Cummings seems set to depart the Cardinals in minor league free agency after seven seasons in the organization. Although he clearly ranks as a respectable AAAA option who could succeed in the majors, minimal overall upside likely dooms him to more than an occasional spot start barring an immediate conversion into a dominant reliever.
Signed as a minor league free agent from San Diego last month and immediately placed on the 40-man roster, Hernandez ranks among the game's best third catchers, only needing an injury to Yadier Molina or Gary Bennett to secure regular playing time. While he certainly lacks power, Hernandez's excellent plate discipline virtually insures a solid BA, making him an excellent option for your second catching slot whenever he appears in the majors.
Released by the Mariners this spring only a few months after the club selected him from Atlanta in the minor league phase of last year's Rule 5 draft, Herr signed with St. Louis and then posted surprisingly good numbers in his dad's old organization. He signed with the Reds last month and should move closer to the majors next summer. Of course, I expect Herr's awful plate discipline to stifle any further offensive development, likely preventing him from emerging as a viable fantasy option.
Oakland foolishly sent Johnson back to St. Louis rather than keep him as a Rule 5 pick, missing a great chance to add another potential closer to their increasingly dominant relief corps. Thankfully the Cardinals promoted Johnson out of the Southern League and then rewarded him with a September cup-of-coffee. Now he should break camp in the majors with a good camp, and despite inconsistent control, he currently looks like the best long-term option to succeed Jason Isringhausen. Of course, while Johnson shouldn't hurt you as roster filler, wait until he begins echoing these skills after an extended look in St. Louis before targeting him for a larger role on your team
The former top prospect wisely departed St. Louis this winter, signing with the Reds as a minor league free agent. Journell demonstrated decent upside in relief over the summer, but he won't deserve to return to a big league bullpen until his control improves. I don't expect him to contribute in the majors in 2006.
Kinney currently remains lodged between the two highest rungs of the minor league ladder, fairly dominating AA hitters yet losing all effectiveness after his promotion. While he certainly possesses the skills necessary to carry his AA numbers to the majors, Kinney likely needs another full AAA campaign barring rapid improvement in his WHIP.
Outstanding control somehow hasn't translated into Leek receiving more than the briefest AAA look. I suspect his negligible dominance may keep him from moving closer to the majors even if he shifts to the bullpen, however he at least deserves a year as a AAA starter to see if he might approach AAAA viability.
Apparently Minges just needed a change of scenery after seven seasons with Cleveland since he exploded immediately upon joining St. Louis. Minges spent the summer pounding Texas League pitching, demonstrating solid all-around hitting skills and plenty of potential to emerge as no less than a good reserve. The minor league free agent just might contribute to fantasy teams as soon as next summer.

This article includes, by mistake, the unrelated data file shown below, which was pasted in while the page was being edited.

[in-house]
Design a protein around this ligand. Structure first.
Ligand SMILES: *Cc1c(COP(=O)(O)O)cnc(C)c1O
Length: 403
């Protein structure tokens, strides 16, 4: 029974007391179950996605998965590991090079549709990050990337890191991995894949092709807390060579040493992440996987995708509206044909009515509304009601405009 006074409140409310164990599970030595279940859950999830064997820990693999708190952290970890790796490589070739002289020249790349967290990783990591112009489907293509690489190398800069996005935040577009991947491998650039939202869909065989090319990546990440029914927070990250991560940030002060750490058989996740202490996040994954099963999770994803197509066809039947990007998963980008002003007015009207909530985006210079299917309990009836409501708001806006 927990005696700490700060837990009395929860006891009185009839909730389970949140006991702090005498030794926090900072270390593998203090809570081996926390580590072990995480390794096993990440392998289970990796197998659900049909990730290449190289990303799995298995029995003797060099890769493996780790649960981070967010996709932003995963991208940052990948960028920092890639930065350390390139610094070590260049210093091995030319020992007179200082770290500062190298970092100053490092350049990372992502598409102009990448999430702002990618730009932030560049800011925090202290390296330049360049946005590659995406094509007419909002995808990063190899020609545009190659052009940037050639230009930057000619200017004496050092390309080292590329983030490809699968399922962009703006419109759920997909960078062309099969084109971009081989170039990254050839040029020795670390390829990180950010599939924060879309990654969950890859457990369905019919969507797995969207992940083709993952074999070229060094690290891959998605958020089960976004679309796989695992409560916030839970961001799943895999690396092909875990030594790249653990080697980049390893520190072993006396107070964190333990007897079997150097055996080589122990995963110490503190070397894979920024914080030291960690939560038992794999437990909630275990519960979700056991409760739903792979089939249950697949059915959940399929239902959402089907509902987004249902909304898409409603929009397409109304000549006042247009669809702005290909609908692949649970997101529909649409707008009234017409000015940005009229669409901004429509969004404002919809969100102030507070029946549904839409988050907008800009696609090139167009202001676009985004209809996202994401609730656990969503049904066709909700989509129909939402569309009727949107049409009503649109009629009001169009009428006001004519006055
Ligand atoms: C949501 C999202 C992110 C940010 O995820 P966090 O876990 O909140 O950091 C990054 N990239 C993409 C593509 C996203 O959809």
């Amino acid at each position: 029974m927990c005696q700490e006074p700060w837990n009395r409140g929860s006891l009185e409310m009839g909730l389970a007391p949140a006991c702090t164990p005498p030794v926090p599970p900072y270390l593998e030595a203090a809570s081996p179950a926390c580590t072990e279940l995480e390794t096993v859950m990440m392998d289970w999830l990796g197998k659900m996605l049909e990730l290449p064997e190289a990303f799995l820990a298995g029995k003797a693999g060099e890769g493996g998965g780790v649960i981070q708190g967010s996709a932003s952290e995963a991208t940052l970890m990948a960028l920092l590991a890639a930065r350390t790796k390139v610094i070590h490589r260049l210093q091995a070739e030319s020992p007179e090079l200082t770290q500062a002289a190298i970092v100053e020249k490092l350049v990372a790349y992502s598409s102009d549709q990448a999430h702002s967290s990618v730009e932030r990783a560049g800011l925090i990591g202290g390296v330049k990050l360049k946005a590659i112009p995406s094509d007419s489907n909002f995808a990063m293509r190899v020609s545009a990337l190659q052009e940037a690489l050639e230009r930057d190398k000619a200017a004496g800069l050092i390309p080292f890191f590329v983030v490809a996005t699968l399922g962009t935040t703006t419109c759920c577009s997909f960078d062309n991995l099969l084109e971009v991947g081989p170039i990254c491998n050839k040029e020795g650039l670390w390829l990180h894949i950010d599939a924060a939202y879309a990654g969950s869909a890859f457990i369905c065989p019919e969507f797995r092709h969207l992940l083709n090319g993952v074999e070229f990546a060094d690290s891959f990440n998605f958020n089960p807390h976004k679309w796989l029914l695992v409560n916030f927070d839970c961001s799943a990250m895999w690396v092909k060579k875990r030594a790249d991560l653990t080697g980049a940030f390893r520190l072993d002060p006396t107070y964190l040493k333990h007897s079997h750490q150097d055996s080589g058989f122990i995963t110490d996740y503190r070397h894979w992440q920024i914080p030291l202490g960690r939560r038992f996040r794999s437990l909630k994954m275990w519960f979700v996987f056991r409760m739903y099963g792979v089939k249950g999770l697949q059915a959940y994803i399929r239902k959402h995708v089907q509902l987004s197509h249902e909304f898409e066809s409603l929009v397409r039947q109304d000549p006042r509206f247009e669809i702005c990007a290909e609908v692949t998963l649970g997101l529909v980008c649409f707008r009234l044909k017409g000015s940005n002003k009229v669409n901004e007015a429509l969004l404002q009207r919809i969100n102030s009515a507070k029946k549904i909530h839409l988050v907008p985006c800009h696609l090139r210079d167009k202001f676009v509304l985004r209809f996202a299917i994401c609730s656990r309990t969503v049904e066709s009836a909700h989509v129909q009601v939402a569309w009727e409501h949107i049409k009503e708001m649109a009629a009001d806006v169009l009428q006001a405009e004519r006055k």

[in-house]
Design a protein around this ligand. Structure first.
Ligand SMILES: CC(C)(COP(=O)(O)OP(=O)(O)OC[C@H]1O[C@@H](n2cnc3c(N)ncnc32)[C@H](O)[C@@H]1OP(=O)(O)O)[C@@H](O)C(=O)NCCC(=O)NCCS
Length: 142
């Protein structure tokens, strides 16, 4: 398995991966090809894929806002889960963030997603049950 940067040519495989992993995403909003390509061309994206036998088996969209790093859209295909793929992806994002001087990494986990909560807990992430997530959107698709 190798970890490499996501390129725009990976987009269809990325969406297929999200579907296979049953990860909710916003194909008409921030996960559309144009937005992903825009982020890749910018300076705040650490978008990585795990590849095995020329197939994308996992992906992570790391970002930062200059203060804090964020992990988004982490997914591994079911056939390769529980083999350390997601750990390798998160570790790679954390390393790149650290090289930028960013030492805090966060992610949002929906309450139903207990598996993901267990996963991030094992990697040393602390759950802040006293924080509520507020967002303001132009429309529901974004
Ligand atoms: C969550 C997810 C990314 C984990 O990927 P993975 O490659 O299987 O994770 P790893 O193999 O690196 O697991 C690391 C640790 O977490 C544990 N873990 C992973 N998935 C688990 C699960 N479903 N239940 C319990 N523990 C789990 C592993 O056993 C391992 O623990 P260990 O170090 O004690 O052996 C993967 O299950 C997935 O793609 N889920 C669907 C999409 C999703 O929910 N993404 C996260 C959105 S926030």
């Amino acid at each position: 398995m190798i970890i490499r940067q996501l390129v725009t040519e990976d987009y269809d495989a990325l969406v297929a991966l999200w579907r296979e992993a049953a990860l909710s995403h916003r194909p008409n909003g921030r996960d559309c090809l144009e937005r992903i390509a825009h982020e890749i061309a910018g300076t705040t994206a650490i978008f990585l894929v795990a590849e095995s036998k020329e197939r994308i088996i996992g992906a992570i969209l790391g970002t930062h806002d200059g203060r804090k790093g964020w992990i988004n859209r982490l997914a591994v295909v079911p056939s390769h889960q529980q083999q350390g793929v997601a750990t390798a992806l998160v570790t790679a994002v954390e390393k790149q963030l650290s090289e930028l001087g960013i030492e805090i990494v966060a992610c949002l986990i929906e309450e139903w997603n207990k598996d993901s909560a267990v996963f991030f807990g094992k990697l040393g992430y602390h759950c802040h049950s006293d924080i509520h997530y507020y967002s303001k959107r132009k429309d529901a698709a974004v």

Dealt from Colorado to Boston for Byung-Hyun Kim at the end spring training and then returned to St. Louis on waivers in August, Narveson desperately needs a move to the bullpen to keep his career from floundering. He simply appears to lack the control necessary to succeed in the rotation, though with the Cardinals possessing few openings on their staff right now, he likely needs to switch organizations again before receiving a long look in the majors.
A weak ground-fly ratio likely kept Nussbeck from joining the Cardinals last summer given his otherwise solid skills. He probably possesses as much upside right as someone like Scott Eyre, yet only an outstanding camp even will give him a shot at receiving regular playing time in the majors.
Pals remains on target to compete for a job with the Cardinals during 2007 after he maintained his effectiveness following his promotion above A-ball. Although a weak strikeout rate could force him to the bullpen, he otherwise looks no worse than competent staff filler..
A move back to the mound for Schumaker wouldn't shock me given the club's respectable outfield depth and his rather limited upside. He looks like no more than a potential replacement for So Taguchi given his speed and defensive prowess, so unless Schumaker sneaks into a similar role, he won't help any fantasy teams.
The former Brewers' prospect badly fizzled this summer, slipping down to the Texas League only a year after slamming PCL pitchers for a .293/.375/.517 performance. While I believe Zoccolillo deserves a big league bench job now, he needs to rebound in 2006 or risk slipping into AAAA irrelevancy.
The Cardinals finally appear ready to award a deserving rookie significant playing time. Anthony Reyes ranks among the game's most prepared pitching prospects for the majors and almost alone ranks St. Louis above a half-dozen systems. With a reasonable chance of secondary prospects like Wainwright, Haerther, and especially Duncan emerging into significant roles over the next couple of years, the Cardinals currently possess a solid quartet of fantasy rookies, along with potential roster filler like Tyler Johnson and Michel Hernandez. Feel free to target any youngsters that begin to play regularly for Tony LaRussa.
Current ranking of potentially helpful fantasy depth for teams discussed thus far in 2005, based on both the quality and quantity of players ready to contribute in the majors, as well as consideration of the trade value of minor league draft picks from the lower levels of each system:
1. Florida Marlins(Hermida, Jacobs, E.Reed, Willingham, J.Wilson, Petit, Olsen)